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Review of Maritime Transport 2015

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Access to frequent and reliable shipping services is key for developing countries’ trade with overseas markets. Firms cannot export competitively and participate global value chains without adequate transport connectivity, and maritime transport continues to be the dominant mode of shipping goods. Seaborne trade accounts for about 80 per cent of global trade volumes, with an even higher share for most developing countries. As in previous issues since 1968, the 2015 Review of Maritime Transport contains a wealth of analysis and unique data. The Review is the renowned United Nations source of statistics and analysis on seaborne trade, the world fleet, freight costs, port traffic and the latest trends in the legal and regulatory environment for international maritime transport. This year’s Review includes a special focus on maritime transport and sustainable development.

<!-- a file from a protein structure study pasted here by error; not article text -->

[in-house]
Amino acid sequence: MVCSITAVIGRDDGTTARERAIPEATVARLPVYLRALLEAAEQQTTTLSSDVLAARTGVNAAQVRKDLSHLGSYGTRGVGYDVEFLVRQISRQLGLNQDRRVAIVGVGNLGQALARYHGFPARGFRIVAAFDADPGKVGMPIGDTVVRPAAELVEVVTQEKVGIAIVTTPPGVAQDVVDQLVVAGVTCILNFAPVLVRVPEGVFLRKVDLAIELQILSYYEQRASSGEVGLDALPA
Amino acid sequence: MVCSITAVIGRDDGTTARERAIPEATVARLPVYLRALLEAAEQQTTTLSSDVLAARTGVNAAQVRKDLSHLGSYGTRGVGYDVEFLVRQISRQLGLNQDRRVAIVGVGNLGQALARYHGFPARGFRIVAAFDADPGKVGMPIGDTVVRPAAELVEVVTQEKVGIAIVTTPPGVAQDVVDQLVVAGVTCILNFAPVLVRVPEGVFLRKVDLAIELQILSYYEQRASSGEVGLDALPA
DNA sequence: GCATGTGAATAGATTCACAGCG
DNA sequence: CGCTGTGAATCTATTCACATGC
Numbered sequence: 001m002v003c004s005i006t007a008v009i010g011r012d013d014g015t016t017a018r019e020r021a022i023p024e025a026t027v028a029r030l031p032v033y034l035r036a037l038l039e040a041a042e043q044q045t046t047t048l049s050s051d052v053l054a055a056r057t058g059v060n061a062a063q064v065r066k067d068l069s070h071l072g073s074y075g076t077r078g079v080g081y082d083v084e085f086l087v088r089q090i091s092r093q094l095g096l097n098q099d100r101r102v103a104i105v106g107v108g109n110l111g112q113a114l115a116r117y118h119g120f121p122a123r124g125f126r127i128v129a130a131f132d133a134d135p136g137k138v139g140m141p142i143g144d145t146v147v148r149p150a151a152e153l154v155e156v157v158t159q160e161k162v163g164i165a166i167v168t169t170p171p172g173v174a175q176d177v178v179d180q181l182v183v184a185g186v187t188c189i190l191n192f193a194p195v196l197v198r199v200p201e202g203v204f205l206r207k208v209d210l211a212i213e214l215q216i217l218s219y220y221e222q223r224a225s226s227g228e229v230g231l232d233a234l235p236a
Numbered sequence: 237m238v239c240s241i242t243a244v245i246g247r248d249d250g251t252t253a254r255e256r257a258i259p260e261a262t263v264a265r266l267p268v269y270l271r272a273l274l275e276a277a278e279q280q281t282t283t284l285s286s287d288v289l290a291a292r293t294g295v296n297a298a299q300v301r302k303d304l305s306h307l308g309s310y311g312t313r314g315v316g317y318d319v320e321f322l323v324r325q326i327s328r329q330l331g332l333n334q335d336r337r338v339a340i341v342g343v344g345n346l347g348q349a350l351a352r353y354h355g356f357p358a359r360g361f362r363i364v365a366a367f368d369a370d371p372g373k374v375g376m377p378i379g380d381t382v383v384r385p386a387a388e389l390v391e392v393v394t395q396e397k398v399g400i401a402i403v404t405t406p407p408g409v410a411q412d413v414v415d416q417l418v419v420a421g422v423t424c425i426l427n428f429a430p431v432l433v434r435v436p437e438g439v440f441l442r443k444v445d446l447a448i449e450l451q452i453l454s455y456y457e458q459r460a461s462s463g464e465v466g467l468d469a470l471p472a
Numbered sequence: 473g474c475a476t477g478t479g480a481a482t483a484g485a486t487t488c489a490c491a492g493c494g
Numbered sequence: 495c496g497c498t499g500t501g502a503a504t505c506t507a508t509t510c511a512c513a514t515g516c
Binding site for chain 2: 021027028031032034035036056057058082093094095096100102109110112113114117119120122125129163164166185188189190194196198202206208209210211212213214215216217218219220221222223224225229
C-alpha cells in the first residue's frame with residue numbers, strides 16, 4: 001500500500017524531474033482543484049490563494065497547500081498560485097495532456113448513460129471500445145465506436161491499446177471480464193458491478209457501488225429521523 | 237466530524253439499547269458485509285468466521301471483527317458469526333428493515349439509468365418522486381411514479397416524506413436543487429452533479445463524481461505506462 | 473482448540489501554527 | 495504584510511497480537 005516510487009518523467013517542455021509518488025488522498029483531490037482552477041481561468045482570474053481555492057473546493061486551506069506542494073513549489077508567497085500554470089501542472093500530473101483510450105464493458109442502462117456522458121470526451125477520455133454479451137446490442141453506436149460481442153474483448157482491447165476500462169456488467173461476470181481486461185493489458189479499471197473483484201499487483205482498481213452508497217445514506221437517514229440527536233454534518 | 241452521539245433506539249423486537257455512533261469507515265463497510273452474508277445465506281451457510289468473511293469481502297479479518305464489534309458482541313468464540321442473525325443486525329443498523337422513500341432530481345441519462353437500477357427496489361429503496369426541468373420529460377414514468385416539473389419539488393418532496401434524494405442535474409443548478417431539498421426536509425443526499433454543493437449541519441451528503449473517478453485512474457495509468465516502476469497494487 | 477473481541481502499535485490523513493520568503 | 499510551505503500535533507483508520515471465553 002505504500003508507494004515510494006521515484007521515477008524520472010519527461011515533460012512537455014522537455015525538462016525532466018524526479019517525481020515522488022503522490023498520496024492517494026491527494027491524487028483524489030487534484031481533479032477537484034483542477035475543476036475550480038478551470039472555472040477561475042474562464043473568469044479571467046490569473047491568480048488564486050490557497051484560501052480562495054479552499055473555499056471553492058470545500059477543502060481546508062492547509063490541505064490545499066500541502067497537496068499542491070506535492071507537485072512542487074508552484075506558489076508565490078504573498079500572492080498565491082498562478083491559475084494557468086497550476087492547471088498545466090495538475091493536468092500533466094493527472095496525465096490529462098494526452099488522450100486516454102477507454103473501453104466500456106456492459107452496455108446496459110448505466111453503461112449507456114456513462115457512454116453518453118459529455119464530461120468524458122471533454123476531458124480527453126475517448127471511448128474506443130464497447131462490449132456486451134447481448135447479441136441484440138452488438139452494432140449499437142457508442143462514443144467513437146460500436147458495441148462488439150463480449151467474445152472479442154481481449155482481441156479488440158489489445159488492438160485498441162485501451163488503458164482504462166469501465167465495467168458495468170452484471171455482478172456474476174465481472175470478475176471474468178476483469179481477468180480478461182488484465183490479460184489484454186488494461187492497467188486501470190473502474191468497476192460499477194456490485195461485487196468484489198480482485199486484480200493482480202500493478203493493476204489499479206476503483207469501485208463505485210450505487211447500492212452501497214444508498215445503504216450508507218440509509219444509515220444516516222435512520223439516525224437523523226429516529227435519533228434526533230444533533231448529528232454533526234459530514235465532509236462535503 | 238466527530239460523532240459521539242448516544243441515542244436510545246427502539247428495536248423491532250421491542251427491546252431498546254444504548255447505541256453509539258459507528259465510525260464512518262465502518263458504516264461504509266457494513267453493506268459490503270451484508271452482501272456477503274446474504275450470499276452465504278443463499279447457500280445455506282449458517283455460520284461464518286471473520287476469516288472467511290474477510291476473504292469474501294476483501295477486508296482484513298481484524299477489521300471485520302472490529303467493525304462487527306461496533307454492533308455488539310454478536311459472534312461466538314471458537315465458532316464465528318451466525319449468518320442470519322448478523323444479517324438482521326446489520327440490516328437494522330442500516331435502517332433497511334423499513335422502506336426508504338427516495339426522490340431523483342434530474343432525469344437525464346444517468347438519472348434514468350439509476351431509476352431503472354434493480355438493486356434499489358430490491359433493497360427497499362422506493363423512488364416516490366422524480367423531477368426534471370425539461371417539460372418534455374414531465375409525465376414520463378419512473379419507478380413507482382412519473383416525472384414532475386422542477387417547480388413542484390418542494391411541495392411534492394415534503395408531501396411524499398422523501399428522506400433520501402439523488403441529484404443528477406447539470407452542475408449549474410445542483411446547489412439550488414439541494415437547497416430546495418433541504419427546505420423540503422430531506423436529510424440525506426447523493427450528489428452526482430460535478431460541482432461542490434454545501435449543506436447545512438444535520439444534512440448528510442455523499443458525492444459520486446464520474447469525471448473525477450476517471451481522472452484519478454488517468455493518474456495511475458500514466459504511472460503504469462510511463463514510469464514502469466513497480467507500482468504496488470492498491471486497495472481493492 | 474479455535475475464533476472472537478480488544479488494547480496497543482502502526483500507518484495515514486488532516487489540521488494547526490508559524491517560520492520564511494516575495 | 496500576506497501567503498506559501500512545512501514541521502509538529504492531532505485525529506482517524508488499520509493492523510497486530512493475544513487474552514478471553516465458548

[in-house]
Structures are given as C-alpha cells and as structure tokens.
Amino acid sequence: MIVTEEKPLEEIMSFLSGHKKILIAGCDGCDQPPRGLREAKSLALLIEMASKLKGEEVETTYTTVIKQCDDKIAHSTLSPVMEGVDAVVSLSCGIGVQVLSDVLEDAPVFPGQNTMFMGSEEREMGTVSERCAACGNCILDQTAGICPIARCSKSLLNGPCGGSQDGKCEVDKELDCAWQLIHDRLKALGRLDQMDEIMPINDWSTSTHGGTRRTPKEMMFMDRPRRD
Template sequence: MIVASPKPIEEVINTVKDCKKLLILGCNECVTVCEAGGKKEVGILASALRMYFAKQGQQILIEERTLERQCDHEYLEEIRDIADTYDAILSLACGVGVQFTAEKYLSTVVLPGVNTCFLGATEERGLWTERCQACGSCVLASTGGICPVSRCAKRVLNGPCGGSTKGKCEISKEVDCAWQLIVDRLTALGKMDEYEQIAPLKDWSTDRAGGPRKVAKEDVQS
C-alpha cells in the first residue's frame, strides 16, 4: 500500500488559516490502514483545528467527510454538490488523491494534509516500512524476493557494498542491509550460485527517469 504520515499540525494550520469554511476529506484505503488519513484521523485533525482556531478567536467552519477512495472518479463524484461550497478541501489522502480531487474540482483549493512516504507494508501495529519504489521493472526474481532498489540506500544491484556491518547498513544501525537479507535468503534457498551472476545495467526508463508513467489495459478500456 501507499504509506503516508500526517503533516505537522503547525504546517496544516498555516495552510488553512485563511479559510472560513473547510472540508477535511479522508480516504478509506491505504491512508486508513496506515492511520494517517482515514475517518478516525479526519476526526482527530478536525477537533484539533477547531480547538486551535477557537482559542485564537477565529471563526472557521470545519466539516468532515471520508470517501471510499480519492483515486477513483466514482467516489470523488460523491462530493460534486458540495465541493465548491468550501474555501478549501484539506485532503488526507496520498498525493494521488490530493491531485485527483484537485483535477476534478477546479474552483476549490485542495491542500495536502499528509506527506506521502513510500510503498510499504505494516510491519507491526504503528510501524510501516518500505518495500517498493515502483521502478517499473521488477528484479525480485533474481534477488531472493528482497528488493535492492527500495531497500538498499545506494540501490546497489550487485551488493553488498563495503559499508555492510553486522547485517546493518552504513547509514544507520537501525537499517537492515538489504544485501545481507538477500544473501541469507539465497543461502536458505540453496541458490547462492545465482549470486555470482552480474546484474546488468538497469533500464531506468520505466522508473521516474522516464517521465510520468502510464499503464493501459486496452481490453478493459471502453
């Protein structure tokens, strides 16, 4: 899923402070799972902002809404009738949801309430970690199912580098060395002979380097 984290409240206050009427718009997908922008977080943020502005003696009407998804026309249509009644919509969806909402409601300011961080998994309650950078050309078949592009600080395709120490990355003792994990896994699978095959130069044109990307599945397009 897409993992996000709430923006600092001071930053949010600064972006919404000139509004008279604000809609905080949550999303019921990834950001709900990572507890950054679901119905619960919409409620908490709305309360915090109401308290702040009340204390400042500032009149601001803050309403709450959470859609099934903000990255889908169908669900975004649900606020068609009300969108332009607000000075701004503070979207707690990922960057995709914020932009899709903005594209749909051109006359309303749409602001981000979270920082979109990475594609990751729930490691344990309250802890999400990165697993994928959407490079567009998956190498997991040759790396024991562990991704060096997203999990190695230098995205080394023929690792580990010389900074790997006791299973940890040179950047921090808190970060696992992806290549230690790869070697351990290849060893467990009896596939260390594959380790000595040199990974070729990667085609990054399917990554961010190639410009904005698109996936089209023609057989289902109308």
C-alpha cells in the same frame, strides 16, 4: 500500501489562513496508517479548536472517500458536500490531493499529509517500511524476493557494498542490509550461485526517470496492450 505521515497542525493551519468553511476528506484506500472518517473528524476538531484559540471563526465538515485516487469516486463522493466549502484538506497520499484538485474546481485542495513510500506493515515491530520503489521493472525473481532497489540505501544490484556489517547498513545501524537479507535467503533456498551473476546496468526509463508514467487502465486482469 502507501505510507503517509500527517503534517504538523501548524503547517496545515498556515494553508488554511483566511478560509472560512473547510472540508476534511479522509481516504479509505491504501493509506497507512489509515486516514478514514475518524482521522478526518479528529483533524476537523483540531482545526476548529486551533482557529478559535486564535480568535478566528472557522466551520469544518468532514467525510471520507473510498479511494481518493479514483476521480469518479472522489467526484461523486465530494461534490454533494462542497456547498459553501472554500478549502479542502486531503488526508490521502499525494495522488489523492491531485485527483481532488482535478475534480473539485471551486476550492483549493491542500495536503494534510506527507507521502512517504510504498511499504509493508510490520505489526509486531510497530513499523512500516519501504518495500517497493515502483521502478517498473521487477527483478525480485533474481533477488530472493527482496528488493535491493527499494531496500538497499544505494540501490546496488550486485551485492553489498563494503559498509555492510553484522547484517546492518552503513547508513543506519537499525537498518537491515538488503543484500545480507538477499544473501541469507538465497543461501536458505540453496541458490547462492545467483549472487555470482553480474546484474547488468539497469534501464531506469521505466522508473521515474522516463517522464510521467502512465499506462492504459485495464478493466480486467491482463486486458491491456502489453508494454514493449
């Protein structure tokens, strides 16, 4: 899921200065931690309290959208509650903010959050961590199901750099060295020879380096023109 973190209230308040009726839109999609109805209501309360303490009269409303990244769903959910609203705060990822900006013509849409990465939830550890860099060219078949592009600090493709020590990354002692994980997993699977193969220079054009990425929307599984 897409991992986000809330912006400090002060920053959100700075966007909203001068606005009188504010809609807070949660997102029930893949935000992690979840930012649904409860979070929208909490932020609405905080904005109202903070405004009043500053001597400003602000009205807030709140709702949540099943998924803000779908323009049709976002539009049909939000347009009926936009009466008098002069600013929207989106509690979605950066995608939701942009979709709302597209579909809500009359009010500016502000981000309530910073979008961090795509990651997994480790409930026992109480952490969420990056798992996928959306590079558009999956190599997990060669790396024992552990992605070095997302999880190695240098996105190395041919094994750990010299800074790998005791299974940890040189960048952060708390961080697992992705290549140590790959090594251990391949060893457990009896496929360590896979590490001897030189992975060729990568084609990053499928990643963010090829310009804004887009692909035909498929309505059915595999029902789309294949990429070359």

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Freight rates and maritime transport costs

Developing countries, especially in Africa and Oceania, pay 40 to 70 per cent more on average for the international transport of their imports than developed countries. The main reasons for this situation are to be found in these regions’ trade imbalances, pending port and trade facilitation reforms, as well as lower trade volumes and shipping connectivity. There is potential for policymakers to partly remedy the situation through investments and reforms, especially in the regions’ seaports, transit systems and customs administrations.

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